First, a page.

March Madness is an opportunity for college basketball fans to look around the United States at teams that they don’t usually follow and learn about players, coaches, and stories. At Global Theology, I wanted to take a look at the faculty teaching in religious studies, theology, Biblical studies, and related fields to form my own “bracket”. Each person highlighted has a brief description (usually from the school’s department page) and link to a blog, article, video, or book where you can learn more about them.
Massimo Faggioli is a full professor in the Department of Theology and Religious Studies at Villanova University (Philadelphia). He had been founding director (2014-2015) of the Institute for Catholicism and Citizenship and on the faculty in the Department of Theology at the University of St. Thomas in St. Paul (Minnesota) between 2009 and 2016. He writes regularly for newspapers and journals on the Church, religion and politics, frequently gives public lectures on the Church and on Vatican II, and he is co-chair of the new study group “Vatican II Studies” for the American Academy of Religion (2012–2016).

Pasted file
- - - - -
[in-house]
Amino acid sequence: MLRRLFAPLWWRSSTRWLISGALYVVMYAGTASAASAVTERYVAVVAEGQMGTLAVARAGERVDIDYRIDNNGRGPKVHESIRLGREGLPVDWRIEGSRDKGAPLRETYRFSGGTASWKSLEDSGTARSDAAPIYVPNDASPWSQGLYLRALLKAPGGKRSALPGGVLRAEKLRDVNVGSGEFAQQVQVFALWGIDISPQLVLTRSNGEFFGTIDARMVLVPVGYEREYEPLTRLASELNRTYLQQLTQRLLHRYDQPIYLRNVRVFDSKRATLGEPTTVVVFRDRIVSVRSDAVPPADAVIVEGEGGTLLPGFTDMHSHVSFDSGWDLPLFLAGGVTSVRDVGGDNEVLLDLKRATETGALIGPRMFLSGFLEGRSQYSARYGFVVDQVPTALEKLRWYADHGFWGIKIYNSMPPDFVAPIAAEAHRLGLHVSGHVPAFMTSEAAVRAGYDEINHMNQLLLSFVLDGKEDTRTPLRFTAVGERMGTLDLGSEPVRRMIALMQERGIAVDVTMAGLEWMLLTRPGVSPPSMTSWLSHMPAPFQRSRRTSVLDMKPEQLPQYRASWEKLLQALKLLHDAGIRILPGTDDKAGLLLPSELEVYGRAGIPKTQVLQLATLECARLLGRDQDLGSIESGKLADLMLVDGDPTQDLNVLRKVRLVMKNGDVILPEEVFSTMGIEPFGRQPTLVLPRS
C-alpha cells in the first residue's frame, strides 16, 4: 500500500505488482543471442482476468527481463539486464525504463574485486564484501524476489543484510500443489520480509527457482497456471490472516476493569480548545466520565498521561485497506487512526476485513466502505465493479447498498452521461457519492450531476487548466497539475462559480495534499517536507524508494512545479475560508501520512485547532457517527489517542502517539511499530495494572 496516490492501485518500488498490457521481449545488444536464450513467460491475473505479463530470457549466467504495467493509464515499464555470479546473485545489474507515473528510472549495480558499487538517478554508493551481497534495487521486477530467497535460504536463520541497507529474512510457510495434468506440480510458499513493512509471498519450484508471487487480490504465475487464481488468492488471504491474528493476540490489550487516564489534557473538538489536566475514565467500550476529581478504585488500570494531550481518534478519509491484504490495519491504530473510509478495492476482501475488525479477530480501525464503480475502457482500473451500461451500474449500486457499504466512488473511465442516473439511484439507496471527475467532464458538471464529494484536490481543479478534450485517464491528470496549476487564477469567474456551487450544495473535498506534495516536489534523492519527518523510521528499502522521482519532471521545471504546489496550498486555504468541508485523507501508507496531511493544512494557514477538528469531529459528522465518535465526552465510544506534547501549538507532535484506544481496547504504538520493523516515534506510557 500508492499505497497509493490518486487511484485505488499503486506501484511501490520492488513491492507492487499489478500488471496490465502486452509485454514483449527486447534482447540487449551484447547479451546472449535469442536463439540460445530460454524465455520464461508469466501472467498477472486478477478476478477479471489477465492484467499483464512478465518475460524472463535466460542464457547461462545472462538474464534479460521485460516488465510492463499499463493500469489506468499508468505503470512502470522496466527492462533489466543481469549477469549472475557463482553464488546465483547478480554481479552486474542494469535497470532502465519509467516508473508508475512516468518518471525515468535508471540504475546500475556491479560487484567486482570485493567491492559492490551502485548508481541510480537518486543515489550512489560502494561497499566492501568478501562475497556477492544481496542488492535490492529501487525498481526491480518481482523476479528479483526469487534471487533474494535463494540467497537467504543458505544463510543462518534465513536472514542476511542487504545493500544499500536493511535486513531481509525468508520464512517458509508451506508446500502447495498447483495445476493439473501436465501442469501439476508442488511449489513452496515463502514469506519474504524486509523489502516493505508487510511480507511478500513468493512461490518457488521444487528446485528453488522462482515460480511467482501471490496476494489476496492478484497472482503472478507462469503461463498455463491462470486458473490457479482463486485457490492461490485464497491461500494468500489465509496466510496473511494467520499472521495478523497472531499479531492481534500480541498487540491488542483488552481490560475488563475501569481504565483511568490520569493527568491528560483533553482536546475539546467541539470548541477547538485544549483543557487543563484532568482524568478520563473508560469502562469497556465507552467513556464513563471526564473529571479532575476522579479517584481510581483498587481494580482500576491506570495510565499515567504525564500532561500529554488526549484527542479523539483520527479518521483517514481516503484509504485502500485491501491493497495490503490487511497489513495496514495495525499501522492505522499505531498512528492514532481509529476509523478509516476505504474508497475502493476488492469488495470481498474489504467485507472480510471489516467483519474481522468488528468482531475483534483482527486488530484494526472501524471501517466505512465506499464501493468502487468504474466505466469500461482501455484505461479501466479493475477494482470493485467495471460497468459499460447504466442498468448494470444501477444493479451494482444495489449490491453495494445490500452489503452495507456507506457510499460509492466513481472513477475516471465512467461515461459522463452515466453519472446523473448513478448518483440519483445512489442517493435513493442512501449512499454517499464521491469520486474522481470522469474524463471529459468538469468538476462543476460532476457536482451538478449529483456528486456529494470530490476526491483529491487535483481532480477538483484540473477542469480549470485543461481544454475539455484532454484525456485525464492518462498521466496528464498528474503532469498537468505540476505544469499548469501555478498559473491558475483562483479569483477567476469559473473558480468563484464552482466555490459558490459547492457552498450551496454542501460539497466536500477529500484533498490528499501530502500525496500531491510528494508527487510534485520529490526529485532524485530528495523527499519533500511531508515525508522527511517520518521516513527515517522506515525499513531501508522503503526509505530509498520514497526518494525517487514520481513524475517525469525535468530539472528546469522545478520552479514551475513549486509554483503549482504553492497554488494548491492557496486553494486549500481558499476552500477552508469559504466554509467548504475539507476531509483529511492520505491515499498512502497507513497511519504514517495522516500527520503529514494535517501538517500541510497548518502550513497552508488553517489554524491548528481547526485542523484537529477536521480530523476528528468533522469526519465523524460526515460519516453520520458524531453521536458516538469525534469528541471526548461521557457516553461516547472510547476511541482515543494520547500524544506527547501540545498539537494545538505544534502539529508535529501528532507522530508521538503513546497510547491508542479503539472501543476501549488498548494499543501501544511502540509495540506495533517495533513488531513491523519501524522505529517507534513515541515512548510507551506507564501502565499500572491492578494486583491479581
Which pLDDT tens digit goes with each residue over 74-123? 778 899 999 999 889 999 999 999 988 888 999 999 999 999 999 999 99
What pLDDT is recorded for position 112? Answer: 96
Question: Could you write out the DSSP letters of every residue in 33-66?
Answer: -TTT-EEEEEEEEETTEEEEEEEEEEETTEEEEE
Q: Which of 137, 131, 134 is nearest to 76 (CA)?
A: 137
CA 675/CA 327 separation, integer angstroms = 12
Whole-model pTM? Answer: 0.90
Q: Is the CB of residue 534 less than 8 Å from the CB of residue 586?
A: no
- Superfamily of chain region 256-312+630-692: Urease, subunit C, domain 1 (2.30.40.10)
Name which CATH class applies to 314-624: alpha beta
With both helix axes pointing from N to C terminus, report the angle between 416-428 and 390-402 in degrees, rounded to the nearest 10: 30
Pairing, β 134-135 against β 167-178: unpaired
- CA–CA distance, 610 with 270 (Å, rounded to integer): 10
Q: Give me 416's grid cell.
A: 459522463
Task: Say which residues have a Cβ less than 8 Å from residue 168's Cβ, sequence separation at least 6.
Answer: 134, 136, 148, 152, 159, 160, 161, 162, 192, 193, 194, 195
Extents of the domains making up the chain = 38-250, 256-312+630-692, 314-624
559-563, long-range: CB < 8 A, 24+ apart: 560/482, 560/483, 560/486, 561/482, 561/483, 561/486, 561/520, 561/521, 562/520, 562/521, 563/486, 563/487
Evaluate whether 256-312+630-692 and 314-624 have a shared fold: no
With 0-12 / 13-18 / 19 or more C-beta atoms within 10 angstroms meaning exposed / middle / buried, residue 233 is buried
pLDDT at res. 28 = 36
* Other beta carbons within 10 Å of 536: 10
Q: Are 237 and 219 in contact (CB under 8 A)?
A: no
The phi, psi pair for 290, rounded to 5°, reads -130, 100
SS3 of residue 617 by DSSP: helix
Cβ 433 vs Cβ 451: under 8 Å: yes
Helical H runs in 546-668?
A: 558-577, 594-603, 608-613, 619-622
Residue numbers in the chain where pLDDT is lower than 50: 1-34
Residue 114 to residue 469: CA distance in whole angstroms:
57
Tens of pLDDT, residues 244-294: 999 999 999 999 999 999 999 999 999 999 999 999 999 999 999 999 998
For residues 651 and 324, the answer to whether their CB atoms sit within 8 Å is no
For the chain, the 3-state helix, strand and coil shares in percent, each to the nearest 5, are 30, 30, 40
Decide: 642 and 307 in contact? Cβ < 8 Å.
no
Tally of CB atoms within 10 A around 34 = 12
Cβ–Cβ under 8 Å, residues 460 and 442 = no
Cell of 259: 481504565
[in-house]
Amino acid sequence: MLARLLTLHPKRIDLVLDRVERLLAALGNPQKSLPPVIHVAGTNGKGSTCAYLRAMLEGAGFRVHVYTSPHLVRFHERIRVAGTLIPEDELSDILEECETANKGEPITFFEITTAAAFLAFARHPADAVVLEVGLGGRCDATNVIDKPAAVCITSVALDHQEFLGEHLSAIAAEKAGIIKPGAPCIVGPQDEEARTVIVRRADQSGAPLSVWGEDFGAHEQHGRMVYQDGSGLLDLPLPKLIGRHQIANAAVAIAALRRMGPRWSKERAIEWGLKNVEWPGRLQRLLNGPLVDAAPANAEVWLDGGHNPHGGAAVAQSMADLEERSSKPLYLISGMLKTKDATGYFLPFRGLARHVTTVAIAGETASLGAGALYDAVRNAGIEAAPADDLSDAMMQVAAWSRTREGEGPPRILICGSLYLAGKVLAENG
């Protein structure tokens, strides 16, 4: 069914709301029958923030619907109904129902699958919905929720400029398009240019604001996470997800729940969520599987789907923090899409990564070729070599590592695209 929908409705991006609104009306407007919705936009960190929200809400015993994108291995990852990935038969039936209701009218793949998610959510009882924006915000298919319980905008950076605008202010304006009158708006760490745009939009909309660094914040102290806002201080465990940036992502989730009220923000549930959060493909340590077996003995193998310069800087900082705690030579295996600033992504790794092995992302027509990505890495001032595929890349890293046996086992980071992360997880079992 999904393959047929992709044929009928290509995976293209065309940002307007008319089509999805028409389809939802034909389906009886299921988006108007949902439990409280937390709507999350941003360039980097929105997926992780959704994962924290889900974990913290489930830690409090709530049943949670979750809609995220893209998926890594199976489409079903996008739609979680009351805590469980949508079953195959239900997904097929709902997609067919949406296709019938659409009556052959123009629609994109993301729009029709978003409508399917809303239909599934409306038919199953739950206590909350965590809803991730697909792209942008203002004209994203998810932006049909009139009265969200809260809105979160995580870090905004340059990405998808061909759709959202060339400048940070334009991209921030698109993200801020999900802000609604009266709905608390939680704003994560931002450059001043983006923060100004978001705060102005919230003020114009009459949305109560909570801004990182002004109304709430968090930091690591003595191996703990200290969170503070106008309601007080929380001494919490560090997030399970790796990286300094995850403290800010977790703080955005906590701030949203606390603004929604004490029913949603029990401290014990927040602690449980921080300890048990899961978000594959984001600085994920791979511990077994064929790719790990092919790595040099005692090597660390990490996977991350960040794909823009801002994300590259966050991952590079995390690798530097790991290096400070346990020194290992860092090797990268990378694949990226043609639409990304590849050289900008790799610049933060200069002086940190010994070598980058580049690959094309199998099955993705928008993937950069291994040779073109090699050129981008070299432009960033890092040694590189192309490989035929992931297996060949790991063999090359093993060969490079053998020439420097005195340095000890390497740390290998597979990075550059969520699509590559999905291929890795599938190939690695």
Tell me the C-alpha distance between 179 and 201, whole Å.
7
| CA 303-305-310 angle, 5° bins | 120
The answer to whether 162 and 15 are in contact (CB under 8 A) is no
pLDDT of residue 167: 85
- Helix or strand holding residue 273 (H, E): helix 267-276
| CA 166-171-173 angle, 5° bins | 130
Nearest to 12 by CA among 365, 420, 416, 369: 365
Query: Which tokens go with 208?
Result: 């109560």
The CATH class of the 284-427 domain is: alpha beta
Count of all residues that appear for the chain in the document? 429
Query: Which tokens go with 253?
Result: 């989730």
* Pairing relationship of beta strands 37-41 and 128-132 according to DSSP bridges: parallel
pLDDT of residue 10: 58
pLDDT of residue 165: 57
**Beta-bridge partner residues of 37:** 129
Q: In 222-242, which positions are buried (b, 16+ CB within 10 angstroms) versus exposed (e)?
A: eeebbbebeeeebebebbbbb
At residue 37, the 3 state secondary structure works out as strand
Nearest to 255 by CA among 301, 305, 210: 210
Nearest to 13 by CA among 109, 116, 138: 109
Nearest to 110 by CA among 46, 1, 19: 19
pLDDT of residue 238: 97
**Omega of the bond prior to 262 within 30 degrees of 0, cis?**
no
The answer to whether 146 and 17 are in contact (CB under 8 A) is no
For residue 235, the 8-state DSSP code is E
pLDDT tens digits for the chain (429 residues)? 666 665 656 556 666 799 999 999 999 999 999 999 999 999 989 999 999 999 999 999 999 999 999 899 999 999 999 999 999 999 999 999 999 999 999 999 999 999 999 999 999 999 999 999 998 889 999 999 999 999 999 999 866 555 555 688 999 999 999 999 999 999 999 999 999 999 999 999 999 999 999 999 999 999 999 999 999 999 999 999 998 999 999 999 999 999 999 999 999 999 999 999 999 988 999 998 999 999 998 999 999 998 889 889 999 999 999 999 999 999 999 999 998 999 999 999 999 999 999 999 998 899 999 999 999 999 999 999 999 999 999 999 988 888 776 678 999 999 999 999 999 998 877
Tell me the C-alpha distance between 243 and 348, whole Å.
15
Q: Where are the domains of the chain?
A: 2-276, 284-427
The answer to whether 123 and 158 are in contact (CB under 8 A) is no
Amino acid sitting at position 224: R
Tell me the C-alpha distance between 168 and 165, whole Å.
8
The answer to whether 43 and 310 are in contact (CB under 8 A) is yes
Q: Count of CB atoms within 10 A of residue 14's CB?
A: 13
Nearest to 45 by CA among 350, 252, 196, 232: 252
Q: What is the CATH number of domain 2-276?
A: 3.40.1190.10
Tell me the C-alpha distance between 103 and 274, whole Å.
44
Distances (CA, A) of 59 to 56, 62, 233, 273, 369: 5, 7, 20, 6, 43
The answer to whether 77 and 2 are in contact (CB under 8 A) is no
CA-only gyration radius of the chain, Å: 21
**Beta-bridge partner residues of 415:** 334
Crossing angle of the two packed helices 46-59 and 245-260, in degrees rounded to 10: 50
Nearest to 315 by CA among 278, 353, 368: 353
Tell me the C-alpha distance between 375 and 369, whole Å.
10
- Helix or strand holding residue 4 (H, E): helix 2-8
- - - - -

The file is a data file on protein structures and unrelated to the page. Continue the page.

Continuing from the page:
Pope Francis and the Unfolding of Vatican II in Today’s Church (video lecture)
Michael Bergmann’s specialization is in epistemology, metaphysics, and the philosophy of religion. Within philosophy of reason, he is an advocate for skeptical theism, emphasizing that one should be critical of the ability of a human person to evaluate the morality of actions of God.
Professor Webb, is the chair of the Philosophy Department and specializes in epistemology and philosophy of religion. He is currently working on philosophical problems arising from the commitments of the world’s religions, starting with karma and reincarnation, and their implications for free will and personal identity.
Interview on teaching style (video)
Aaron M. Gale is an associate professor of religious studies at West Virginia University as well as the director of WVU’s Program for Religious Studies. Dr. Gale’s research has centered upon the Jewish roots of early Christianity, specifically as it relates to the community associated with Matthew’s Gospel. This research has resulted in various publications including the book Redefining Ancient Borders: The Jewish Scribal Framework of Matthew’s Gospel.